Britain's construction sector expanded at its fastest pace in six years in November, hitting its highest levels of output and employment since August 2007, according to newly released data.
The Markit/Cips Purchasing Managers’ Index of activity in November leapt to 62.6, up from 59.4 in October, registering the strongest reading since August 2007. Any reading above 50 indicates expansion.
The month’s growth, which was well above City forecasts, was supported by rising activity in commercial construction and civil engineering but the largest contribution came from residential building, as government support for the housing market kicked in.
“The construction sector does now seem to be enjoying decent, and increasingly broad-based, recovery after extended, deep weakness,” Howard Archer of IHS Global Insight said. He added that the sector, which accounts for 6.3% of the economy, would likely contribute to another strong GDP growth figure for the final quarter of the year.
The survey also showed strong expectations from building firms of future growth — the proportion of businesses anticipating a rise in output in the year ahead reached its highest level since 2009. For the sixth successive month the sector created additional jobs.
However, data from the Office for National Statistics show that at the end of September the output of the construction sector was still 13% below its peak in the first quarter of 2008. “Construction growth is still coming from a low base as output levels rebound from a deep and protracted double-dip recession that only really ended this summer,” Tim Moore of Markit said. “Although construction’s present growth trajectory may be the steepest for more than six years, there is a huge loss of output to recoup.”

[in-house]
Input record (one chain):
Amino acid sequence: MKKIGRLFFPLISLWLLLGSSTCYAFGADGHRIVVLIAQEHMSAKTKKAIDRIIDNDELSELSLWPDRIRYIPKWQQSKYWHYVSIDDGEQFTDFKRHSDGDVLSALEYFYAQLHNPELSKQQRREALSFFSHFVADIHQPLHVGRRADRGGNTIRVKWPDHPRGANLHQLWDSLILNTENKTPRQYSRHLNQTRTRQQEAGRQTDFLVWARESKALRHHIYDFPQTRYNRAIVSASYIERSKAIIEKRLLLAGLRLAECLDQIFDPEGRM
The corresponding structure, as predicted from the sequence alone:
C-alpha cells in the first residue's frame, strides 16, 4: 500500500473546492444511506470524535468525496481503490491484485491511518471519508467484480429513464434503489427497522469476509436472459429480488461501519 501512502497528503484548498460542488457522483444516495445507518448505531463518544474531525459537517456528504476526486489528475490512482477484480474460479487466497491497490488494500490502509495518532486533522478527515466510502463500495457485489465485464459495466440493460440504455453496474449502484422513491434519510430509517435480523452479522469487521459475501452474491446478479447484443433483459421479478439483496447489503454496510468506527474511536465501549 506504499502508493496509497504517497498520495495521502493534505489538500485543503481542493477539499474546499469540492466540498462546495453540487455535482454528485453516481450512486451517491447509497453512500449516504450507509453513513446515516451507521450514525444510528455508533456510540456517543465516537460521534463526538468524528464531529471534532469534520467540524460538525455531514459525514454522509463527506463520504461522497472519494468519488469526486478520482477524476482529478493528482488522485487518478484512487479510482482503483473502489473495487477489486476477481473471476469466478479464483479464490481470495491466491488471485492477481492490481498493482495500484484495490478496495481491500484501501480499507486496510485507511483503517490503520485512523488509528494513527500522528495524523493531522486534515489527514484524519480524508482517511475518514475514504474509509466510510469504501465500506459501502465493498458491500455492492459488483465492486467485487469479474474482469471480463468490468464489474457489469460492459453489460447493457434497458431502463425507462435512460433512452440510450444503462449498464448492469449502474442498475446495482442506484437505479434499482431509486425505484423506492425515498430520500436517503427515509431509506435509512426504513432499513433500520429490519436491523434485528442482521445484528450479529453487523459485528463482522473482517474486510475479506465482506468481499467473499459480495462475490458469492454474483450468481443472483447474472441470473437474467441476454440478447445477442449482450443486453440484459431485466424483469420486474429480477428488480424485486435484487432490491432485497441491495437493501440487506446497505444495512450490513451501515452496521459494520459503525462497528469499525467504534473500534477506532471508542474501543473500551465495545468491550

The building sector grew by 1.7% quarter on quarter in the three months to September according to the ONS, with analysts identifying a boost to sentiment from the Government’s Help to Buy equity subsidies for first-time buyers.
The construction survey comes in the wake of yesterday’s snapshot of manufacturers which showed last month’s growth was the strongest in more than two and a half years. Tomorrow sees the publication of the survey of activity for the UK’s service sector, which accounts for three quarters of the economy.